My T's are definitely bigger butted than any T in the wild but I personally don't like to powerfeed mine either. They look nice and healthy but not oafish. lol. Also, it's a little easier on the invert food bill. ;)
Atrax
 
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The_Phantom

Scarlet O' Hairy
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My pinktoe is soooooo fat. Like seriously ! I really hadnt planned on her getting fat, she just kinda ballooned before my eyes. After she poops and molts though, I will try to keep her at a more reasonable weight. She really is a lard butt ! But cute. Like, totally. Is it true that aboreals have tougher butts ?
 

Henry Kane

Arachnoprince
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Arboreals are indeed more resiliant to falls and such. That's not to say that they're bulletproof or anything though.

Atrax
 

Cronoss

Arachnoknight
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Nov 6, 2002
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I agree with the Arachnopunks,

I like my T's to be plesently plump.but not overly fat.
but i have found that fat t"s seem to be less aggressive.
Bryan
 

conipto

ArachnoPrincess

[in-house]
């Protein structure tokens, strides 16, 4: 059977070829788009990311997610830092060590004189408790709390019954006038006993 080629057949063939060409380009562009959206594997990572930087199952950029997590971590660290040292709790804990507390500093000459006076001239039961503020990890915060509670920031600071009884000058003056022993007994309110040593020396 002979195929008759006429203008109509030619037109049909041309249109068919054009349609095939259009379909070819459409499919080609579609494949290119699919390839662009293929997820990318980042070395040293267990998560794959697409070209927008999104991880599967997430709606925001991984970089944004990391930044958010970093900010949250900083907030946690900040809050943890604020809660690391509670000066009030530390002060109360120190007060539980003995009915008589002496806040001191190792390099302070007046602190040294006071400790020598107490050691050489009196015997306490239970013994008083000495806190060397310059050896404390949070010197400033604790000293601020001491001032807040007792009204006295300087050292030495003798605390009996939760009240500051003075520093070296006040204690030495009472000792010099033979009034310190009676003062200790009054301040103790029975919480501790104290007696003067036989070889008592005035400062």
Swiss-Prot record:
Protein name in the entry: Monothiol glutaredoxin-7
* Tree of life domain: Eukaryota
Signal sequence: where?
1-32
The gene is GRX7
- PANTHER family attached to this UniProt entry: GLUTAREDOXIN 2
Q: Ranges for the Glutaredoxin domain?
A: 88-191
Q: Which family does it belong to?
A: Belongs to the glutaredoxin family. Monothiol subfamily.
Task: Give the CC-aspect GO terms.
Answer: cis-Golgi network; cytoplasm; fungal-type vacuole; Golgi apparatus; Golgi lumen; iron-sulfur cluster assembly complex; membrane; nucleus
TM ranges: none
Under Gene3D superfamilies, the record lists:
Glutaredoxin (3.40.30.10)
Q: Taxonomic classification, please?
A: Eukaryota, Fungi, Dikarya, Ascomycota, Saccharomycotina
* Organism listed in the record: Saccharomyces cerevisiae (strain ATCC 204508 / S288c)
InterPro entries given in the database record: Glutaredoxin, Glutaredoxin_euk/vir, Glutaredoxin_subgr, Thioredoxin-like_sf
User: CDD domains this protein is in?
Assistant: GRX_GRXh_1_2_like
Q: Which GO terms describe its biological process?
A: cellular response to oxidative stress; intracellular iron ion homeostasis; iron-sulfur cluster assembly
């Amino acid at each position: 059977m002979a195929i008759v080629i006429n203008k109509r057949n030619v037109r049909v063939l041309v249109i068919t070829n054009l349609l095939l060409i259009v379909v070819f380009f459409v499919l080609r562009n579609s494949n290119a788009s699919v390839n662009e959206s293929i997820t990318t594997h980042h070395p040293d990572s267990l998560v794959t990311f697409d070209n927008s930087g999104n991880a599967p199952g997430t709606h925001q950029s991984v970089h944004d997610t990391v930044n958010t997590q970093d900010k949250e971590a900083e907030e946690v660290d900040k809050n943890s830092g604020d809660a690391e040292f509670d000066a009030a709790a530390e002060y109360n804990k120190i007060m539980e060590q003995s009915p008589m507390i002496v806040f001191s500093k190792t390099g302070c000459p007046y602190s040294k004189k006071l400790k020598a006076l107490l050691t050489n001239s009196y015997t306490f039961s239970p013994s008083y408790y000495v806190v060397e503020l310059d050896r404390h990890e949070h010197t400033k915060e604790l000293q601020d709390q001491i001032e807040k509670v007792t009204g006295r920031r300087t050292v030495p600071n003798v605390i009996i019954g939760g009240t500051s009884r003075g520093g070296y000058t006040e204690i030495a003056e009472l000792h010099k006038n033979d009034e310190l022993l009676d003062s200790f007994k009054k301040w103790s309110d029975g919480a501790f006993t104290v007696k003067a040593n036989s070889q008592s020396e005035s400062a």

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I like to keep mine with well-shaped and defined abdomens. No shrivelness at all, and preferably a nice round shape. I don't like to balloon them out, my B. smithi did that and until she molted I thought she looked kind of funky :/

Bill
 

Devildoll

Arachnoknight
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there have been numerous studies on how limited calorie diets lengthen lifespans of arachnids.

i'm a firm believer in keeping a my spiders in healthy condition... i refuse to overfeed.

it's great that people have these really pretty spiders that look so fat and healthy... but thats not actually the way they're supposed to look.....
 

rknralf

Arachnolord
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When you talk about overfeeding, how often do you all feed?
With adults, I generally try and feed twice a week, with 1 to 2 crickets at a feeding. If they don't eat it by the next day, I remove it until the next feeding.